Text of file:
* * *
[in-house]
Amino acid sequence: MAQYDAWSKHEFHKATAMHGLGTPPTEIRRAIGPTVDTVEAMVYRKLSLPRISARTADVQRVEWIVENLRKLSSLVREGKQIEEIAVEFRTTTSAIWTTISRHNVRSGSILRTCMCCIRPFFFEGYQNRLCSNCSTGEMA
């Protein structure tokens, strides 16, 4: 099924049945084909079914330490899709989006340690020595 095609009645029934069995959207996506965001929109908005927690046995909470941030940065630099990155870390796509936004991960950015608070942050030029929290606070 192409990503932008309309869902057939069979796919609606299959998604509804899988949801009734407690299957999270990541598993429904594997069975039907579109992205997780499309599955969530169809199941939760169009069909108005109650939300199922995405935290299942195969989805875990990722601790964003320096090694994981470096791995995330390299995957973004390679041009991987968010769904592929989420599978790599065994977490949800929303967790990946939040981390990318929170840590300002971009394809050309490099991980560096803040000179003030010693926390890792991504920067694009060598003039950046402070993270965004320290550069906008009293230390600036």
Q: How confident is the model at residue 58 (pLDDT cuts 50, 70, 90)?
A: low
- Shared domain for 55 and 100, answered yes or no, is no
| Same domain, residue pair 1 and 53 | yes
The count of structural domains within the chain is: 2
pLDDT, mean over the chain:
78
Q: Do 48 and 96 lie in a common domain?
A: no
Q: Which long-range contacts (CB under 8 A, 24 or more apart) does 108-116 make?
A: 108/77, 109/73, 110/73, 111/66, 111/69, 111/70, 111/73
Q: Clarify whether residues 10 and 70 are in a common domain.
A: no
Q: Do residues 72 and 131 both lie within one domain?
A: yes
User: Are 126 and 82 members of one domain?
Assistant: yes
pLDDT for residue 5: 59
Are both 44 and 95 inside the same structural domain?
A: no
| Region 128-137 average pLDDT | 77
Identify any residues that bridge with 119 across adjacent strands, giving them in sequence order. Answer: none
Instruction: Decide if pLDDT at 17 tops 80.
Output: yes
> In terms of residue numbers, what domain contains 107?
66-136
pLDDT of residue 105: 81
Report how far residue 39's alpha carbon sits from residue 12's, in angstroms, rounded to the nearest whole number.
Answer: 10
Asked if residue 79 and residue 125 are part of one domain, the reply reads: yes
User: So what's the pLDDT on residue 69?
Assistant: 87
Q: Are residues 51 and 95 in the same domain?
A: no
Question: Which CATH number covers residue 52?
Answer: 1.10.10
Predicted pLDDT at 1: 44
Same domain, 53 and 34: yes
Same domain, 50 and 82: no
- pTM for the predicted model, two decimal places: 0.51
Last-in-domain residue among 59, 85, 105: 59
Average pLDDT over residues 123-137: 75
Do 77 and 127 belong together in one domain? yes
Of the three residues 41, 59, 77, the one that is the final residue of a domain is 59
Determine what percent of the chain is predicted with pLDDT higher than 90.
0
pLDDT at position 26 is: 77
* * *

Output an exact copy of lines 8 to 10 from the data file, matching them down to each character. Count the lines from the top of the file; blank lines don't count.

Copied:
The count of structural domains within the chain is: 2
pLDDT, mean over the chain:
78